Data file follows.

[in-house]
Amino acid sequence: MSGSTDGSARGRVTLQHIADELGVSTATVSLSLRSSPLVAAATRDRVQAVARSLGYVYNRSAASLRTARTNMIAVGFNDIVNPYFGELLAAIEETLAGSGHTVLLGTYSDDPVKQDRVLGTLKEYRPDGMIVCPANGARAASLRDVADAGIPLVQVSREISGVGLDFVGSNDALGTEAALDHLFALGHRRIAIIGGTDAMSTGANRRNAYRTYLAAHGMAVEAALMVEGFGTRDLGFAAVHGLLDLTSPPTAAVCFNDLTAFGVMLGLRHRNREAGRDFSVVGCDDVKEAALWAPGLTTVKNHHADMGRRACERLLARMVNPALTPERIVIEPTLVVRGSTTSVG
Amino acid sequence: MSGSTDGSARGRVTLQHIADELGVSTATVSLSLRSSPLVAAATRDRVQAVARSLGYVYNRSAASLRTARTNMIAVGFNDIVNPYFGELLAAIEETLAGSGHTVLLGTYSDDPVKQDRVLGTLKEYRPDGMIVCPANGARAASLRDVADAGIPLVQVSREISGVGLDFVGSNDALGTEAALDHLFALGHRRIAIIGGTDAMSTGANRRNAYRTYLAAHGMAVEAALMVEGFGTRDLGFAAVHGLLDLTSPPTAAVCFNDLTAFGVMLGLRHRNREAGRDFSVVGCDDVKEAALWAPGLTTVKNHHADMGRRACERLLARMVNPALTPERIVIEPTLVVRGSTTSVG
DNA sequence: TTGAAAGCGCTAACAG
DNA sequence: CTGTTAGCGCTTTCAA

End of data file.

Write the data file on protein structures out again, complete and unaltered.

[in-house]
Amino acid sequence: MSGSTDGSARGRVTLQHIADELGVSTATVSLSLRSSPLVAAATRDRVQAVARSLGYVYNRSAASLRTARTNMIAVGFNDIVNPYFGELLAAIEETLAGSGHTVLLGTYSDDPVKQDRVLGTLKEYRPDGMIVCPANGARAASLRDVADAGIPLVQVSREISGVGLDFVGSNDALGTEAALDHLFALGHRRIAIIGGTDAMSTGANRRNAYRTYLAAHGMAVEAALMVEGFGTRDLGFAAVHGLLDLTSPPTAAVCFNDLTAFGVMLGLRHRNREAGRDFSVVGCDDVKEAALWAPGLTTVKNHHADMGRRACERLLARMVNPALTPERIVIEPTLVVRGSTTSVG
Amino acid sequence: MSGSTDGSARGRVTLQHIADELGVSTATVSLSLRSSPLVAAATRDRVQAVARSLGYVYNRSAASLRTARTNMIAVGFNDIVNPYFGELLAAIEETLAGSGHTVLLGTYSDDPVKQDRVLGTLKEYRPDGMIVCPANGARAASLRDVADAGIPLVQVSREISGVGLDFVGSNDALGTEAALDHLFALGHRRIAIIGGTDAMSTGANRRNAYRTYLAAHGMAVEAALMVEGFGTRDLGFAAVHGLLDLTSPPTAAVCFNDLTAFGVMLGLRHRNREAGRDFSVVGCDDVKEAALWAPGLTTVKNHHADMGRRACERLLARMVNPALTPERIVIEPTLVVRGSTTSVG
DNA sequence: TTGAAAGCGCTAACAG
DNA sequence: CTGTTAGCGCTTTCAA